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Hello, my name is Khushbu Patel. I am a Clinical Chemistry fellow at Washington University School of Medicine. Welcome to this Pearl of Laboratory Medicine on “Alternative Markers of Glycemia.”
In patients with diabetes, plasma glucose concentrations can fluctuate from day to day. Measurement of glycated proteins provides an integrated plasma glucose concentration over an extended time and is a good indicator of glycemic control. The advantages it offers over fasting glucose measurements is that it does not require fasting and it is not subject to wide fluctuations. The current gold standard that is used for diagnosis of diabetes and risk assessment of microvascular complications is a glycated form of hemoglobin that is referred to as hemoglobin A1c. For details on hemoglobin A1c, please refer to the Pearl of Laboratory Medicine entitled “Hemoglobin A1c” by Dr. Ross Molinaro (www.traineecouncil.org). This Pearl will focus on the alternative markers of glycemia: fructosamine, glycated albumin, and 1,5- anhydroglucitol (1,5-AG).
Fructosamines are compounds that result from the glycation of primary amines. Fructosamine is a ketoamine formed from joining of glucose to amino groups of proteins through a nonenzymatic mechanism involving a labile Schiff base intermediate and the Amadori rearrangement to form a stable ketoamine. This process is similar to the formation of hemoglobin A1c. The reaction is slow, nonreversible, and is proportional to the amount of glucose in circulation.
Glycated albumin refers to the ketoamine formed when glucose conjugates to albumin, the most abundant serum protein. It is thought that measurement of glycated serum proteins is mainly a measure of glycated albumin. However, the assays for measuring glycated albumin and fructosamine are different.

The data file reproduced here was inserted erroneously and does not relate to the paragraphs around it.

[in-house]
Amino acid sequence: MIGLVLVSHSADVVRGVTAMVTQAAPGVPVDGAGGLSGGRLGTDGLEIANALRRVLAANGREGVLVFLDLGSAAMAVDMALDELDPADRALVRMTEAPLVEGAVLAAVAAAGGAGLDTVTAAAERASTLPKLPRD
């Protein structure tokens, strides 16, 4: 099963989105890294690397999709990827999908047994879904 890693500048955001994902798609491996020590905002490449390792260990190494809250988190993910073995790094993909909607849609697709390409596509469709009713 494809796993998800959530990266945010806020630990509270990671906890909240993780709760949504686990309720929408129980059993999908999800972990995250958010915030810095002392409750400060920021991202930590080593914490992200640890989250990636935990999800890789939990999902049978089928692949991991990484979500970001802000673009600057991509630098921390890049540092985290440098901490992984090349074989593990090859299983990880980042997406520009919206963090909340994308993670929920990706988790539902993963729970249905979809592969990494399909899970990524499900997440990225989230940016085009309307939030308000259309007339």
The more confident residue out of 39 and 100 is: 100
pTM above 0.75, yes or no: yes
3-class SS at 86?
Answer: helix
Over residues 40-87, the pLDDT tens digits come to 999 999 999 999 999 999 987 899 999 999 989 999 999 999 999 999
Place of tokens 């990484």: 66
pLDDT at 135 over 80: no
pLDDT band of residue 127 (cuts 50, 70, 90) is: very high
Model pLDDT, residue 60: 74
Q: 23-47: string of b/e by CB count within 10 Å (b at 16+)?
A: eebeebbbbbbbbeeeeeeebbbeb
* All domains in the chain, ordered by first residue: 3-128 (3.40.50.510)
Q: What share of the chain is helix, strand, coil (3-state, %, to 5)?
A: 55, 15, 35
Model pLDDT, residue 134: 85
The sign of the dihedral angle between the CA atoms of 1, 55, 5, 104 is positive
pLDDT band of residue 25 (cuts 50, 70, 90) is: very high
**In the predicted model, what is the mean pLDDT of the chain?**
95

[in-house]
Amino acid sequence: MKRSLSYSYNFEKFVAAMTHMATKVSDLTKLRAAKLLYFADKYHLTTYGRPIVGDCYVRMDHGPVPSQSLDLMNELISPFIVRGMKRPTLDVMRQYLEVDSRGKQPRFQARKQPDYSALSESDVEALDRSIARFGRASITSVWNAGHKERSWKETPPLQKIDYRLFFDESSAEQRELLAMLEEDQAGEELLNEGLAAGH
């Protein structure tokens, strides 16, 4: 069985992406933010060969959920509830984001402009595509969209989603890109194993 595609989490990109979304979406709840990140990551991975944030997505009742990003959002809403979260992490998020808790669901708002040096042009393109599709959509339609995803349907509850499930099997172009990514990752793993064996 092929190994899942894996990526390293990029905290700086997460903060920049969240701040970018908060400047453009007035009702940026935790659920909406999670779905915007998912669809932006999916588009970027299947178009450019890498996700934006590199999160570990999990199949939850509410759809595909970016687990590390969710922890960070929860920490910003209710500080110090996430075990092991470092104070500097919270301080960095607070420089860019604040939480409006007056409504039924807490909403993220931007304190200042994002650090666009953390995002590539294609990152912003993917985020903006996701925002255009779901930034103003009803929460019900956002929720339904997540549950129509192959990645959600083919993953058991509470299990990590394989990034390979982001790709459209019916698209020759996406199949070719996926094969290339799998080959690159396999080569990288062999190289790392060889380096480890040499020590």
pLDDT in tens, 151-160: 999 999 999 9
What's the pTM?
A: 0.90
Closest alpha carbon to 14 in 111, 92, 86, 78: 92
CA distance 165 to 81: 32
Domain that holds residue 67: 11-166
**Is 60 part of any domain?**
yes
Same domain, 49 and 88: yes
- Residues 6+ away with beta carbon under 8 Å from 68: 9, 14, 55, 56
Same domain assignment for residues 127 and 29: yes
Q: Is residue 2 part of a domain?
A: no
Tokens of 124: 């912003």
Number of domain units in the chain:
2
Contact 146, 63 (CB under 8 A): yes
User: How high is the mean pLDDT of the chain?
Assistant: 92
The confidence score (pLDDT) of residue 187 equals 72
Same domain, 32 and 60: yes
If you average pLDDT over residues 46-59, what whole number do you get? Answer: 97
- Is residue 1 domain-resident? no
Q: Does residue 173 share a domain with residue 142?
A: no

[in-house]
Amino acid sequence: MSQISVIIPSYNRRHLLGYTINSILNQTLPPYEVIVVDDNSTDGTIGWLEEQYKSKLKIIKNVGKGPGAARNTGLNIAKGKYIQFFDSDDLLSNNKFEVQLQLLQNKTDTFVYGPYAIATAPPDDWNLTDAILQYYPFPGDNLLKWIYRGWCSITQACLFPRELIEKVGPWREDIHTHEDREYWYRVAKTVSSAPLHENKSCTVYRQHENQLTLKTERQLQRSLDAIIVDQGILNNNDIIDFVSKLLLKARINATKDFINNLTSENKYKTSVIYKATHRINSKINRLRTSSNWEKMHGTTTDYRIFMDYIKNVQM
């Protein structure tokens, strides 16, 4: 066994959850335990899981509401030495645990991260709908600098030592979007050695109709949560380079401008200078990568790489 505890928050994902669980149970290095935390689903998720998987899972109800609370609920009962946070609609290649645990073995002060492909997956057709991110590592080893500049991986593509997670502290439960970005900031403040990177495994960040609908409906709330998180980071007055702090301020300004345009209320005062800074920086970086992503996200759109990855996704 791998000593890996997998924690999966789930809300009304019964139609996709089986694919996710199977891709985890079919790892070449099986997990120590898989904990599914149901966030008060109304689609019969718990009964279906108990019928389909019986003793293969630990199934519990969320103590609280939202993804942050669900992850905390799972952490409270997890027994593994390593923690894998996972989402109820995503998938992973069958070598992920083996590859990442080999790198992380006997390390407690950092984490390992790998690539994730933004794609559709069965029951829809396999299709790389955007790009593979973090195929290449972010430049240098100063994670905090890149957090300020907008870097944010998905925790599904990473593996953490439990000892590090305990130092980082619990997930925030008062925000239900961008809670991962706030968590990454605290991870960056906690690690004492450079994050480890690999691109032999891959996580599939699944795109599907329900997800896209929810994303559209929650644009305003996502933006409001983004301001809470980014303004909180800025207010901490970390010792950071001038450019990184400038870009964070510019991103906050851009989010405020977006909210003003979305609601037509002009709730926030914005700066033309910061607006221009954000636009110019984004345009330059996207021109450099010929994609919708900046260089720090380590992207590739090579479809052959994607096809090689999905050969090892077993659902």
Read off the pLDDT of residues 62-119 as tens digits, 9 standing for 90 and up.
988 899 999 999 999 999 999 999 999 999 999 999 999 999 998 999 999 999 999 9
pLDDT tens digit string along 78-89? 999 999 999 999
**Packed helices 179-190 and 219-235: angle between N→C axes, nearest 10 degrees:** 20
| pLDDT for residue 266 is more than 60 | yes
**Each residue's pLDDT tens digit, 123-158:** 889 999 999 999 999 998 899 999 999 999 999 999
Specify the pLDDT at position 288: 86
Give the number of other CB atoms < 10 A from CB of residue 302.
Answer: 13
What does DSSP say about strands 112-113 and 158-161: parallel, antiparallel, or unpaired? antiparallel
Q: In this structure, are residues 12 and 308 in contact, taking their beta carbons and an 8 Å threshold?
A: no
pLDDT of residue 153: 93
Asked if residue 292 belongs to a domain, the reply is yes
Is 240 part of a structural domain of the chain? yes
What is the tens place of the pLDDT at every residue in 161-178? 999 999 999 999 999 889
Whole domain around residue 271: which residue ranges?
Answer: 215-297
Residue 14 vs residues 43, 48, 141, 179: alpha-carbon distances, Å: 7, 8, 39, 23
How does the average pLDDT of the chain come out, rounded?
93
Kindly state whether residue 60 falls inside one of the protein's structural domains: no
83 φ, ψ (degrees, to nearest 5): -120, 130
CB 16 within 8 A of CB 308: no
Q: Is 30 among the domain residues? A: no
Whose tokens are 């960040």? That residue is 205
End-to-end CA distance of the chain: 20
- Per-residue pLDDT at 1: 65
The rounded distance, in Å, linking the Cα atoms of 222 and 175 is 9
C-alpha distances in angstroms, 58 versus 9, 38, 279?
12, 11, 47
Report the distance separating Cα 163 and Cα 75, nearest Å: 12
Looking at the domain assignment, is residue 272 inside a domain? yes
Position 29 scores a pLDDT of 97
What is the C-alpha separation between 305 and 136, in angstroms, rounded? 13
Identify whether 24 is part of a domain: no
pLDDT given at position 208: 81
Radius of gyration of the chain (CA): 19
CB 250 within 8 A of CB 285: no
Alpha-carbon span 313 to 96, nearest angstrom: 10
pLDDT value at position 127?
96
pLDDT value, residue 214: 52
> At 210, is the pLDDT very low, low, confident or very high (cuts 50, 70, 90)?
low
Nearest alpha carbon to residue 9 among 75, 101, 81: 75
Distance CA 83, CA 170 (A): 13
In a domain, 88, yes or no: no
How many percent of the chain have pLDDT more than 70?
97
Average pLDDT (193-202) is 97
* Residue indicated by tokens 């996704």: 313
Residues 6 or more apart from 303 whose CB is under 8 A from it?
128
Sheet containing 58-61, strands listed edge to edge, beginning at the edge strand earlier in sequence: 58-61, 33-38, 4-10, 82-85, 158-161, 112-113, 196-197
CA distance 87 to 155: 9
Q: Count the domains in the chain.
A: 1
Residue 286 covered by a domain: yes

The assay commonly used to measure fructosamine is the nitroblue tetrazolium colormetric procedure. The test relies on the ability of the Amadori compound (glycated) to reduce nitroblue tetrazolium (NBT) to yield a highly colored formazan dye. The change in absorbance is measured spectrophotometrically (530 nm). Because the assay is colorimetric, high concentrations of hemoglobin (>100 mg/dL) and bilirubin (> 4mg/dL) interfere with the assay.
Reducing substances in the blood such as superoxide dismutase from red blood cells can interfere with the NBT method for fructosamine. A newer method (marketed by Diazyme as glycated serum proteins) uses FructosaminaseTM to oxidize the Amadori product to yield hydrogen peroxide, which is measured colorimetrically.
The assay to measure glycated albumin involves calculating a ratio of glycated albumin to total albumin and can be measured in both serum and plasma. Like hemoglobin A1c, it is expressed as a percent. Several methods can be used to quantify glycated albumin including enzymatic assays, HPLC, affinity chromatography, colorimetry, and immunoassays. Affinity chromatography is the most commonly used assay. The boronic acid reacts with the cis-diol groups of glucose bound to hemoglobin to form a reversible five-member ring complex. This is similar to the boronate affinity chromatography assays used to measure hemoglobin A1c.